It is also a good way for charities to pull in much-needed donations. This makes up the lion’s share of the market.
People need only send a text to a ‘shortcode’ number displayed in an advert or on TV and the sum is added to their monthly phone bill.
But scam and rogue companies which adopt this payment method trap customers without gaining their consent or deliberately conceal prices and contract terms.
As a result, there are an estimated two million complaints a year about phone-paid services. Among these are gripes about text alert services charging per message – a market from which mobile networks too can turn a profit.
When the charges are minor, they go unnoticed. Mann adds: ‘Criminals are deliberately undertaking small thefts to minimise anyone kicking up a fuss.’
Debbie Gould received a bill from Vodafone that was £20 higher than usual as a result of premium rate texts and calls.
When she contacted Vodafone she was refunded and a bar was put on her number to prevent it happening again.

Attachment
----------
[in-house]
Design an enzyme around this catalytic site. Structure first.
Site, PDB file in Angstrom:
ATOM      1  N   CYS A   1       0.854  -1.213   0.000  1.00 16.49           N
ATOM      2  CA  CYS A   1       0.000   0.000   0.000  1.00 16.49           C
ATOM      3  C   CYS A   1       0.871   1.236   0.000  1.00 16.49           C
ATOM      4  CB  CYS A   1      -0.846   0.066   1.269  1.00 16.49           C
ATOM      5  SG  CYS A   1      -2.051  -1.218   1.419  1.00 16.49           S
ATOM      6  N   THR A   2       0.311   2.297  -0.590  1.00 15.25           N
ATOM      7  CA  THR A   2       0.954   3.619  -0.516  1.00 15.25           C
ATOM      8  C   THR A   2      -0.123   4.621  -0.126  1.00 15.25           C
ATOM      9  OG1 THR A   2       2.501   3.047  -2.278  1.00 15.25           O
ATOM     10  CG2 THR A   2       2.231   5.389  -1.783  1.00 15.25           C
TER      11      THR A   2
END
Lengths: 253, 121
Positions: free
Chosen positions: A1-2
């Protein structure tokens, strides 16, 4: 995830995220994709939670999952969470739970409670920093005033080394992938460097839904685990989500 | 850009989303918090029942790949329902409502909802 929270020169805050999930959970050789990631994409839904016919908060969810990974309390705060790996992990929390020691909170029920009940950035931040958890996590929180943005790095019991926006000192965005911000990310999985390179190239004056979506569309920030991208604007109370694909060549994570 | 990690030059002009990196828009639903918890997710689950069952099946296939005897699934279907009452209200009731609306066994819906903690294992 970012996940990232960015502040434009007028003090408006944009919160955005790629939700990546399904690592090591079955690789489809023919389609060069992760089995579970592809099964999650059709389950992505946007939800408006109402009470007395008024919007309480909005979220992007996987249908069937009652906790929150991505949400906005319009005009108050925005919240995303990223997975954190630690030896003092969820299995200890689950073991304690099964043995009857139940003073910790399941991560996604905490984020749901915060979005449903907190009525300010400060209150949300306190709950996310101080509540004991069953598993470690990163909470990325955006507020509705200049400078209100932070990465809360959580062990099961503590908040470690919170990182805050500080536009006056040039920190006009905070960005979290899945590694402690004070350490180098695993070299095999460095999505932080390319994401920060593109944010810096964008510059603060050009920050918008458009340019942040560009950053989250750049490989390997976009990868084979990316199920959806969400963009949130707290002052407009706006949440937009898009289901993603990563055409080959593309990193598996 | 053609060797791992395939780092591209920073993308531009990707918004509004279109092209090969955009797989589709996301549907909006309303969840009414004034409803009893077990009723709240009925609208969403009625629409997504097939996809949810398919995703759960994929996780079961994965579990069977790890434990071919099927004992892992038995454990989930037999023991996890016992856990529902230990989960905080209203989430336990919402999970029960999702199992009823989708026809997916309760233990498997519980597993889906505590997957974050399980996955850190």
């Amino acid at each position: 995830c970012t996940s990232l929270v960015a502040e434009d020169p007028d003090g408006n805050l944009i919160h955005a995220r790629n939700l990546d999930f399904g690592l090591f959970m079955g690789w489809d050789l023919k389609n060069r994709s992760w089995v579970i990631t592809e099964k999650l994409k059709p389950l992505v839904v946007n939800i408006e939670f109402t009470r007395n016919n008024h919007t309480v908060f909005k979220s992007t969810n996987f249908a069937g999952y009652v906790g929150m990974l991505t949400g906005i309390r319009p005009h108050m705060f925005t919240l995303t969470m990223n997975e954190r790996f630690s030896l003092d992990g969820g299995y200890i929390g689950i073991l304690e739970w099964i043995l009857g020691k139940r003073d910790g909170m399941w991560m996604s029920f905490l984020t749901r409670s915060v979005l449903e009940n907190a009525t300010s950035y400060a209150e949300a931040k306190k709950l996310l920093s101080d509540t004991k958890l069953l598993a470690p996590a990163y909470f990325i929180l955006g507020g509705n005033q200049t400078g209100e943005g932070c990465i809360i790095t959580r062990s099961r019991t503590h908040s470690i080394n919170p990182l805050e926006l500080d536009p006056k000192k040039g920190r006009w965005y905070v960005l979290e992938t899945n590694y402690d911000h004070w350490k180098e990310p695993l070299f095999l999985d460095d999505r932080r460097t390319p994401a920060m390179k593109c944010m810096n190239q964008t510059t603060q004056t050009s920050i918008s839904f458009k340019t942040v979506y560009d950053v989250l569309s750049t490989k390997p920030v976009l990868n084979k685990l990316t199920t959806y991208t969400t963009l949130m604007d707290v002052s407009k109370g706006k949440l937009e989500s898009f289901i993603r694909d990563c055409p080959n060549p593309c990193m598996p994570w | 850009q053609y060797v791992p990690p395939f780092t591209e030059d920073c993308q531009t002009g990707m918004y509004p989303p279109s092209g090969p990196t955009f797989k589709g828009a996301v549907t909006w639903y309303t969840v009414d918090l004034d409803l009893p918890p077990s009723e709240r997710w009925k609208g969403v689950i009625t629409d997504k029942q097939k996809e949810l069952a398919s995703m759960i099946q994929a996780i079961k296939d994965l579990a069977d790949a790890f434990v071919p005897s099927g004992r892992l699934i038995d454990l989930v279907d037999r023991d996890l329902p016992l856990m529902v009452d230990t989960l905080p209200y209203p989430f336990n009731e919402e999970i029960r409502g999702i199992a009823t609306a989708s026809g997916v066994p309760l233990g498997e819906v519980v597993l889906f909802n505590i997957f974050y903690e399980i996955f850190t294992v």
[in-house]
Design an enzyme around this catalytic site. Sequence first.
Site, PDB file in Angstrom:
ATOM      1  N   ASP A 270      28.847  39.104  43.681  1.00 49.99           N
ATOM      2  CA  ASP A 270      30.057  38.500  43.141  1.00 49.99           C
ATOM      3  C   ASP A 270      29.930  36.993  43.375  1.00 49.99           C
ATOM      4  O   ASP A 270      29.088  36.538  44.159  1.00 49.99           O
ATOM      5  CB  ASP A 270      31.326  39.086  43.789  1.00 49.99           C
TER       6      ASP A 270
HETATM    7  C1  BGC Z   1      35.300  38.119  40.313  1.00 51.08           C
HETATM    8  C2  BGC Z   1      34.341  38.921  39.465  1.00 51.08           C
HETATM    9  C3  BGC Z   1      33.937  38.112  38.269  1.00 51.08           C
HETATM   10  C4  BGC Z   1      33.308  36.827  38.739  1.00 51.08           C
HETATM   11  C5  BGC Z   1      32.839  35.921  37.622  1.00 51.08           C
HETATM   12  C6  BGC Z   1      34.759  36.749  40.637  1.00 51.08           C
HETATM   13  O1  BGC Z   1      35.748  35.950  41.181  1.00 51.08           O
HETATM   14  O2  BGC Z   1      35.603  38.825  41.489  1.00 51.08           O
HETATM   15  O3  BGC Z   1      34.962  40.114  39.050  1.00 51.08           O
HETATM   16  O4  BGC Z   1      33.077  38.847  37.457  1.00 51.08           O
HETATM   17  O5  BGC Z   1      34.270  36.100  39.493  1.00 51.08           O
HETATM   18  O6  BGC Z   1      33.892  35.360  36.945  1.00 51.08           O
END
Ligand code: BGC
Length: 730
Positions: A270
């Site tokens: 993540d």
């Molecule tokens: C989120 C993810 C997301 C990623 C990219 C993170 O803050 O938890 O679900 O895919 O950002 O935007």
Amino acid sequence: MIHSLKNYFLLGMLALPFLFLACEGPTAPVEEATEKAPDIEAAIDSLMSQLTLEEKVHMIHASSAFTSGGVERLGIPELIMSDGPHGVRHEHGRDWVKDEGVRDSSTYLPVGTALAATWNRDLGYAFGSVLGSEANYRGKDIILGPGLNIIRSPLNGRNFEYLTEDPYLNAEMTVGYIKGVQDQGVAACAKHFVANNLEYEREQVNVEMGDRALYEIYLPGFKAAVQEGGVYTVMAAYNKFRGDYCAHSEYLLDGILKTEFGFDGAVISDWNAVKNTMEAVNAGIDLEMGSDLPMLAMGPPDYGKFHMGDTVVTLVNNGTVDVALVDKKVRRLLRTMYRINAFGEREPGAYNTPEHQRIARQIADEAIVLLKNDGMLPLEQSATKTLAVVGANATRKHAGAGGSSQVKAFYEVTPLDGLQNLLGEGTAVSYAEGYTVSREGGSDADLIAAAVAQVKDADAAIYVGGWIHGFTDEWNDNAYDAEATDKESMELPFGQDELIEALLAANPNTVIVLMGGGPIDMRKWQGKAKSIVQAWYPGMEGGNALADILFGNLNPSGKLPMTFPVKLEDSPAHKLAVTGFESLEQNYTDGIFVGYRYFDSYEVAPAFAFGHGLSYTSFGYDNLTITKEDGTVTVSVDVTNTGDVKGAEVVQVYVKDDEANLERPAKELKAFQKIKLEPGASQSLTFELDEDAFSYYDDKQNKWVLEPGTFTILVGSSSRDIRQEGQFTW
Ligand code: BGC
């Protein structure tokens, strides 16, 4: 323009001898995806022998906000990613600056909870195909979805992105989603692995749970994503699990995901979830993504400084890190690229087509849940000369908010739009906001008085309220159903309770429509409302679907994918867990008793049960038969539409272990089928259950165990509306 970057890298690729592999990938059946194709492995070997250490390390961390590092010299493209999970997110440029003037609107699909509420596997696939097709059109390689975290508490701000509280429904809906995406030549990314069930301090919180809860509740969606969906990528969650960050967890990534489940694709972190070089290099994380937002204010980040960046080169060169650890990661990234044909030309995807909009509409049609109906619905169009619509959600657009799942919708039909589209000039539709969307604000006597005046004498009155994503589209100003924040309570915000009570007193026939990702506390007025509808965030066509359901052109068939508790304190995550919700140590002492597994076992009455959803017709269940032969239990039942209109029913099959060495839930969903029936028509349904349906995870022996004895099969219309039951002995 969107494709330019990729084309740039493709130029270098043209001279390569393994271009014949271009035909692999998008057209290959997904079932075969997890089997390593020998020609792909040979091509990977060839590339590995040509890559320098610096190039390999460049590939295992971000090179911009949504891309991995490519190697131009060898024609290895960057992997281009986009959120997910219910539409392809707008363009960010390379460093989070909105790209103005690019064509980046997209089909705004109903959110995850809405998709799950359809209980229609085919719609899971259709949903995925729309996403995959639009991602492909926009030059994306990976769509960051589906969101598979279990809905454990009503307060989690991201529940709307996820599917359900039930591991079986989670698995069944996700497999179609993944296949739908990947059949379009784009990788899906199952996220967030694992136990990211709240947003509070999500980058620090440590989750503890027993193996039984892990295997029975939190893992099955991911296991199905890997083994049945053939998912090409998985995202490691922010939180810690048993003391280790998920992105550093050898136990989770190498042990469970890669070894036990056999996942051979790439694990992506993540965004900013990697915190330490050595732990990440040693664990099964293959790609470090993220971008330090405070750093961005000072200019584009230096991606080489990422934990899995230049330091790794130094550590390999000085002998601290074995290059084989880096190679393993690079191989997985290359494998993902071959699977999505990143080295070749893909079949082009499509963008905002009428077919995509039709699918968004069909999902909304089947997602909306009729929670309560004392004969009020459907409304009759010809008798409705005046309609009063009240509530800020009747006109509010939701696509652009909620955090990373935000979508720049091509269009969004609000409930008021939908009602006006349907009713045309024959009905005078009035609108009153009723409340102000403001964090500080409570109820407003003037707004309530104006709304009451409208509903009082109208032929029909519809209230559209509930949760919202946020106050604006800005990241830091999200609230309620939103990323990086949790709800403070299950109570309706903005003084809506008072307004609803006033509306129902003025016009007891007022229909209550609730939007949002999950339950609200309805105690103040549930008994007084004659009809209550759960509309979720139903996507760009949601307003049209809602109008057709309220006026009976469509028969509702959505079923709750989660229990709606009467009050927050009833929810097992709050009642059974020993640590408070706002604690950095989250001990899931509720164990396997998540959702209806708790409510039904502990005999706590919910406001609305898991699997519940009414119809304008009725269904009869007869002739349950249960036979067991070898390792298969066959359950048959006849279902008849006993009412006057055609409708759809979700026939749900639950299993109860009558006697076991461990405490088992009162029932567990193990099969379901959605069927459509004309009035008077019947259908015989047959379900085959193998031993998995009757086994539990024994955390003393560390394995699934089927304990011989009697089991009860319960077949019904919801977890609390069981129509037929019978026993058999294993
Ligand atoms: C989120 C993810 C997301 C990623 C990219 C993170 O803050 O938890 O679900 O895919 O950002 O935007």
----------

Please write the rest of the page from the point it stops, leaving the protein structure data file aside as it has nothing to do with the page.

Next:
Debbie, from Godalming, Surrey, says: ‘I did not sign any contract for anyone to charge me. It was only because I questioned my bill that it was dealt with. How can I be sure I have not paid hundreds of pounds over the years to these companies without even knowing?’
‘Unacceptable’: Derek Knowles complained to his phone network
Derek Knowles was charged for 11 nuisance text messages to his mobile phone last month. These revealed the latest winning numbers for The National Lottery, at a rate of 12p a time. This information can easily be found online for free.
Though the charges were only small, Derek – a 74-year-old TV and film extra from Urmston, Greater Manchester – is meticulous about checking his bills and spotted them.
He says: ‘It is unacceptable. To receive unsolicited text messages and then be charged for them is sharp practice.’
When he contacted his mobile phone provider EE to complain, he was refunded and his number blocked from receiving any further premium rate texts.
The Mail on Sunday asked EE for an explanation. It maintains Derek signed up to two text message services via the EE App Store – something he vehemently denies.
A spokesman adds: ‘Unfortunately, due to a unique system error, Mr Knowles did not receive a follow-up welcome message to confirm his subscriptions and explain how to opt out.
‘We always recommend customers keep a close eye on their bills.’
Derek branded the network’s explanation ‘pathetic’.